As someone who’s been working in the action movie industry for over 25 years, it’s safe to say that action director Sonny Sison has seen it all. In a career that spans from the Power Rangers to Iron Fist, Sison has gradually developed from his beginnings as a stuntman, to a respected action director, working with the likes of Mark Dacascos, Koichi Sakamoto, Dwayne Johnson, and Johnny Yong Bosch.
In 2014 Sison re-located to his motherland of the Philippines. After having seen the likes of its South East Asian neighbors like Thailand, Vietnam, and Indonesia gain global recognition for their action movies, he decided to make it his mission to put Philippines action cinema on the map. Describing the nation of over 7000 islands as having a massive potential that has yet to be realised, Sison looks to have found a kindred spirit in director Pedring Lopez.
After successfully collaborating together on 2015’s Nilalang, the pair are currently in the pre-production stages of their next feature, an all-out actioner entitled Breach, which plans to cast Mark Dacascos in the lead. Combined with currently being mid-way through shooting Buy Bust, director Erik Matti’s next feature which promises to be equal parts gritty and action packed, Sison could well be very close to realising his goal.
After interviewing Lopez in 2016 (read the interview here) I’d struck up a dialogue with the veteran action director, and we’d agreed to catch up at some point to discuss his latest endeavours. With both Buy Bust and Breach now moving full steam ahead, in early July 2017 it seemed like as good a time as any, so it was we found ourselves sat over a pair of mango shakes in a Manila bar. Discussing everything from his early days in the industry, to his hopes for the future, check out our discussion below –
Paul Bramhall: So currently you’re mid-way through filming Buy Bust with director Erik Matti, which promises to prominently feature Filipino Martial Arts, what else can we expect from the finished product?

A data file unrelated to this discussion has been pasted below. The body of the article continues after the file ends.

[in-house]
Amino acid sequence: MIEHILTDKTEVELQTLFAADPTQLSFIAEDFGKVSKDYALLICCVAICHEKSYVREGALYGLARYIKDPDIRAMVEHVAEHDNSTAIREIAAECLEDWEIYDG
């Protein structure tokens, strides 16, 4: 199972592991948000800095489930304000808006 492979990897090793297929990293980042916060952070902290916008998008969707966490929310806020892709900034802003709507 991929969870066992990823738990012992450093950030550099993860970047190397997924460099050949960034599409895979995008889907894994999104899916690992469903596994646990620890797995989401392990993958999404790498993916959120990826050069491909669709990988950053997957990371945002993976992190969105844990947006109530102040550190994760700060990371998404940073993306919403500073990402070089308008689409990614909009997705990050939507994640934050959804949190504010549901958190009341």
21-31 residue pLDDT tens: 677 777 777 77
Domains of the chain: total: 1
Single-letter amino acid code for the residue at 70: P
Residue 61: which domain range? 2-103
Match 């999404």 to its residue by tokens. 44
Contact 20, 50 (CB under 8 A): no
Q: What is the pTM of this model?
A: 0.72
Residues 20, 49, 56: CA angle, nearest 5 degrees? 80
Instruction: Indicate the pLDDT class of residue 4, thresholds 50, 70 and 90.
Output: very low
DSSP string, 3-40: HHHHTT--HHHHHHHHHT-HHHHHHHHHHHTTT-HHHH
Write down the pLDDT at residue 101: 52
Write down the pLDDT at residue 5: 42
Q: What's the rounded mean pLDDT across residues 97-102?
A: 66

Sonny Sison: Oh man, so first of all you can expect to see Anne Curtis like you’ve never seen her before. She trained for months with Tuhon Mick Alcaraz in the Kali system of Pekiti Tirisa. Then we adjusted those movements for screen fighting. Beyond the movements, Anne is a great actor and supplies the necessary emotional content to bring the choreography to life. Plus a surprise performance from former UFC star Brandon Vera. You know, I never knew an MMA star could be such a germophobe! We’re shooting in this compound right next to the river, and I confess the place is a very challenging place to shoot in. I’m telling him he has to fall down into this pool of water, and he’s like “What, I gotta lay in that water!?” (laughter)
So it’s going to provide a gritty look at Manila, and it’s an action movie that isn’t an action movie. (laughter) There’s quite a bit of gratuitous violence, but it’s there because that’s the way that Matti thinks and how it fits in with the story. There’s a particular arc he wants with the characters so it’s justified. He’s a director who gets bored with just action that doesn’t support the story, so he always asks how can we present this in a way which is atypical.
Now with action, there are some things you can’t get away with, so you have to get that basic coverage, otherwise if you get too creative you can lose the artistry of the movement itself. But one of the reasons why I like Erik is that he allows me the freedom to be creative, and pretty much direct all the action sequences myself, unless he has his own input on something like say a camera change, or a scene that he wants to submit into my shot list. Otherwise he lets me run the show. It’s a necessity when it comes to a movie like this which is going to have a lot of action, and the guys that we’re working with are all capable and experienced. A lot of directors don’t want to give up that control. I’m telling you I should have a co-director credit on this movie. As of now, out of the 25 days we’ve been shooting, I’d say 18 of them have all been action! (laughter)
But you know here in the Philippines, I’m still learning how the system works, and it’s a system which isn’t going to change which can be frustrating. So that’s why I like working with Matti, he’s someone that’s been to the States and studied the studio system there, so he gets it, plus I like his sensibilities. He’s a well studied and educated director. We talk about the full range of movie genres, who’s our favourite actors and movies. It’s a real pleasure to sit and see how his mind works.